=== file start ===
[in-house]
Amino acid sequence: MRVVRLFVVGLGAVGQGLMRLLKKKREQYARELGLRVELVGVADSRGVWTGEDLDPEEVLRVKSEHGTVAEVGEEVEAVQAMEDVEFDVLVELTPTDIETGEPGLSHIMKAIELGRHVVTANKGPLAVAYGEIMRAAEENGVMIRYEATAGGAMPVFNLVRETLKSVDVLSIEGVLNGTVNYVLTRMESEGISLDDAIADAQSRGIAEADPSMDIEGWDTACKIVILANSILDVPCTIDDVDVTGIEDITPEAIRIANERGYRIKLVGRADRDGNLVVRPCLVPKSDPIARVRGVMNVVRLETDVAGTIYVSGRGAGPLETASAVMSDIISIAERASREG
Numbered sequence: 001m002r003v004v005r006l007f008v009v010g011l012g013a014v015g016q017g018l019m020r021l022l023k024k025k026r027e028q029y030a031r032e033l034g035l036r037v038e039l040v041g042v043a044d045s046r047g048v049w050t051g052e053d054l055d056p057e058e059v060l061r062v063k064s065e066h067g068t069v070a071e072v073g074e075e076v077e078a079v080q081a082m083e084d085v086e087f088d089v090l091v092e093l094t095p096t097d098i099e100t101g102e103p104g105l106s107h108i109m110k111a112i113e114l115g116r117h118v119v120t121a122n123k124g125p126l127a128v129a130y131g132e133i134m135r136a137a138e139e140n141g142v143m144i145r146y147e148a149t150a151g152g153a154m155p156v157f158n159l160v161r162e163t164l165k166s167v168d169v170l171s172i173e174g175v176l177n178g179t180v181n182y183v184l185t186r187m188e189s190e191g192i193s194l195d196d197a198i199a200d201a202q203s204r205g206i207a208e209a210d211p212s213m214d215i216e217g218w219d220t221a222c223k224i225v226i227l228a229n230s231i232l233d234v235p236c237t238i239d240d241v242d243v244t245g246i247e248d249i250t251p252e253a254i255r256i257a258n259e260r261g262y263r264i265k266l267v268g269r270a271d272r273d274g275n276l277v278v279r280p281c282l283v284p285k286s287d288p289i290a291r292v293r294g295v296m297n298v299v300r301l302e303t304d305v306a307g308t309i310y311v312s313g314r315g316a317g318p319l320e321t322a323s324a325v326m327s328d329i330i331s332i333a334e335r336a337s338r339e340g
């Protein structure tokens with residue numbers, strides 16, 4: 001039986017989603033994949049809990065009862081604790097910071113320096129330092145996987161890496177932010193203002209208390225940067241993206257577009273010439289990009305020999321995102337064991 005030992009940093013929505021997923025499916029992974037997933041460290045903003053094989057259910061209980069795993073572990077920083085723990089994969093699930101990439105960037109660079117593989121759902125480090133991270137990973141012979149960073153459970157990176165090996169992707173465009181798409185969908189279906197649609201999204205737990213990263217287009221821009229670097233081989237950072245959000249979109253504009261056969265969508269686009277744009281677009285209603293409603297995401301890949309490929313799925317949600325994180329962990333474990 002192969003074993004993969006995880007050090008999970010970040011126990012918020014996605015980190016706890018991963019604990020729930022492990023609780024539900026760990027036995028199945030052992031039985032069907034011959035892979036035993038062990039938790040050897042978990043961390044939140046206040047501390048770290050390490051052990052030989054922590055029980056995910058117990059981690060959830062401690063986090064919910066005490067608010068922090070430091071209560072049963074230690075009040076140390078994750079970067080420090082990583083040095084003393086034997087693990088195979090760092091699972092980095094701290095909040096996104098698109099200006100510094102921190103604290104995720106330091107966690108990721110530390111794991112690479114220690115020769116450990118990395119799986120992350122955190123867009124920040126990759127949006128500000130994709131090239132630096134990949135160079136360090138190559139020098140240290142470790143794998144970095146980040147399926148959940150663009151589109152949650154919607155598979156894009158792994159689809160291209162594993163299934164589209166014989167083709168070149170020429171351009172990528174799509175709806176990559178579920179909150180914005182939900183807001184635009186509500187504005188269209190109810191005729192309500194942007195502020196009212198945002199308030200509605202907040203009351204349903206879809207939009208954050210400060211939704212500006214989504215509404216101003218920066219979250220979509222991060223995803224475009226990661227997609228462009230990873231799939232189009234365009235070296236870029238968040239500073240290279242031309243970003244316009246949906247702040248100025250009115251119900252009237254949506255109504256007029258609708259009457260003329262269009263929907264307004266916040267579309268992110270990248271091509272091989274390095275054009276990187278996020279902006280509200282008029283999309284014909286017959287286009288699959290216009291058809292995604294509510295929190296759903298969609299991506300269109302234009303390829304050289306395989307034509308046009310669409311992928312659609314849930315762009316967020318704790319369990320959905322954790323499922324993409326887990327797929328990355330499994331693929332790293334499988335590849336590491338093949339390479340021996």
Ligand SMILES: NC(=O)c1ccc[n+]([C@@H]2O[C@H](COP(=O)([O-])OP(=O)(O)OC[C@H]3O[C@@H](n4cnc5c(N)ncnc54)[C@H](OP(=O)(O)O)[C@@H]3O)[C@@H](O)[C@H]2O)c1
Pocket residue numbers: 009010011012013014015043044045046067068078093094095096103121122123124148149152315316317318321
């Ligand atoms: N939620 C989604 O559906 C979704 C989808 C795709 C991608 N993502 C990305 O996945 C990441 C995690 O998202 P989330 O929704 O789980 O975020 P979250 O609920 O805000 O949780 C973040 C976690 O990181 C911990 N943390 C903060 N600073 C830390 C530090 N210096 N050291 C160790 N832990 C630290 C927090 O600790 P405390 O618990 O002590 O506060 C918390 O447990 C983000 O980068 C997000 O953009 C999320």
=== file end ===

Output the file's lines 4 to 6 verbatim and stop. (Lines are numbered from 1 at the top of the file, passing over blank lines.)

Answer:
């Protein structure tokens with residue numbers, strides 16, 4: 001039986017989603033994949049809990065009862081604790097910071113320096129330092145996987161890496177932010193203002209208390225940067241993206257577009273010439289990009305020999321995102337064991 005030992009940093013929505021997923025499916029992974037997933041460290045903003053094989057259910061209980069795993073572990077920083085723990089994969093699930101990439105960037109660079117593989121759902125480090133991270137990973141012979149960073153459970157990176165090996169992707173465009181798409185969908189279906197649609201999204205737990213990263217287009221821009229670097233081989237950072245959000249979109253504009261056969265969508269686009277744009281677009285209603293409603297995401301890949309490929313799925317949600325994180329962990333474990 002192969003074993004993969006995880007050090008999970010970040011126990012918020014996605015980190016706890018991963019604990020729930022492990023609780024539900026760990027036995028199945030052992031039985032069907034011959035892979036035993038062990039938790040050897042978990043961390044939140046206040047501390048770290050390490051052990052030989054922590055029980056995910058117990059981690060959830062401690063986090064919910066005490067608010068922090070430091071209560072049963074230690075009040076140390078994750079970067080420090082990583083040095084003393086034997087693990088195979090760092091699972092980095094701290095909040096996104098698109099200006100510094102921190103604290104995720106330091107966690108990721110530390111794991112690479114220690115020769116450990118990395119799986120992350122955190123867009124920040126990759127949006128500000130994709131090239132630096134990949135160079136360090138190559139020098140240290142470790143794998144970095146980040147399926148959940150663009151589109152949650154919607155598979156894009158792994159689809160291209162594993163299934164589209166014989167083709168070149170020429171351009172990528174799509175709806176990559178579920179909150180914005182939900183807001184635009186509500187504005188269209190109810191005729192309500194942007195502020196009212198945002199308030200509605202907040203009351204349903206879809207939009208954050210400060211939704212500006214989504215509404216101003218920066219979250220979509222991060223995803224475009226990661227997609228462009230990873231799939232189009234365009235070296236870029238968040239500073240290279242031309243970003244316009246949906247702040248100025250009115251119900252009237254949506255109504256007029258609708259009457260003329262269009263929907264307004266916040267579309268992110270990248271091509272091989274390095275054009276990187278996020279902006280509200282008029283999309284014909286017959287286009288699959290216009291058809292995604294509510295929190296759903298969609299991506300269109302234009303390829304050289306395989307034509308046009310669409311992928312659609314849930315762009316967020318704790319369990320959905322954790323499922324993409326887990327797929328990355330499994331693929332790293334499988335590849336590491338093949339390479340021996």
Ligand SMILES: NC(=O)c1ccc[n+]([C@@H]2O[C@H](COP(=O)([O-])OP(=O)(O)OC[C@H]3O[C@@H](n4cnc5c(N)ncnc54)[C@H](OP(=O)(O)O)[C@@H]3O)[C@@H](O)[C@H]2O)c1
Pocket residue numbers: 009010011012013014015043044045046067068078093094095096103121122123124148149152315316317318321